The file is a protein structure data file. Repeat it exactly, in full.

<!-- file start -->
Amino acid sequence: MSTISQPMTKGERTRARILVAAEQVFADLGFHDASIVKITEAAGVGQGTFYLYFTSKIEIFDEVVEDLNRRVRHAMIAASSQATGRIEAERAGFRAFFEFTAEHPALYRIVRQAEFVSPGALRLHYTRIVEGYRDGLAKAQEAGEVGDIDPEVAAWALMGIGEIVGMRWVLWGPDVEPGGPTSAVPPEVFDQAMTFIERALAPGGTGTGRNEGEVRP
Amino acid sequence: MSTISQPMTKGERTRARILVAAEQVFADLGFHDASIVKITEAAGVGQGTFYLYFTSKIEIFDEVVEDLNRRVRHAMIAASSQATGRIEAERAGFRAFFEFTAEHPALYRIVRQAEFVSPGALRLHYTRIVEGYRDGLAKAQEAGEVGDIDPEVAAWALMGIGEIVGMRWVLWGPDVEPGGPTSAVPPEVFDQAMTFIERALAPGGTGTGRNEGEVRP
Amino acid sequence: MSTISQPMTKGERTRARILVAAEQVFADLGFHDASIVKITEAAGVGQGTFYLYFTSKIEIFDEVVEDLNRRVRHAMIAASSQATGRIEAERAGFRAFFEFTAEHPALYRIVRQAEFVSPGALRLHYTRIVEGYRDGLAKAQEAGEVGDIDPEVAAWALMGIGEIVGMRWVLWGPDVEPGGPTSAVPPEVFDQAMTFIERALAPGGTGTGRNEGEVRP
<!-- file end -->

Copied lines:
Amino acid sequence: MSTISQPMTKGERTRARILVAAEQVFADLGFHDASIVKITEAAGVGQGTFYLYFTSKIEIFDEVVEDLNRRVRHAMIAASSQATGRIEAERAGFRAFFEFTAEHPALYRIVRQAEFVSPGALRLHYTRIVEGYRDGLAKAQEAGEVGDIDPEVAAWALMGIGEIVGMRWVLWGPDVEPGGPTSAVPPEVFDQAMTFIERALAPGGTGTGRNEGEVRP
Amino acid sequence: MSTISQPMTKGERTRARILVAAEQVFADLGFHDASIVKITEAAGVGQGTFYLYFTSKIEIFDEVVEDLNRRVRHAMIAASSQATGRIEAERAGFRAFFEFTAEHPALYRIVRQAEFVSPGALRLHYTRIVEGYRDGLAKAQEAGEVGDIDPEVAAWALMGIGEIVGMRWVLWGPDVEPGGPTSAVPPEVFDQAMTFIERALAPGGTGTGRNEGEVRP
Amino acid sequence: MSTISQPMTKGERTRARILVAAEQVFADLGFHDASIVKITEAAGVGQGTFYLYFTSKIEIFDEVVEDLNRRVRHAMIAASSQATGRIEAERAGFRAFFEFTAEHPALYRIVRQAEFVSPGALRLHYTRIVEGYRDGLAKAQEAGEVGDIDPEVAAWALMGIGEIVGMRWVLWGPDVEPGGPTSAVPPEVFDQAMTFIERALAPGGTGTGRNEGEVRP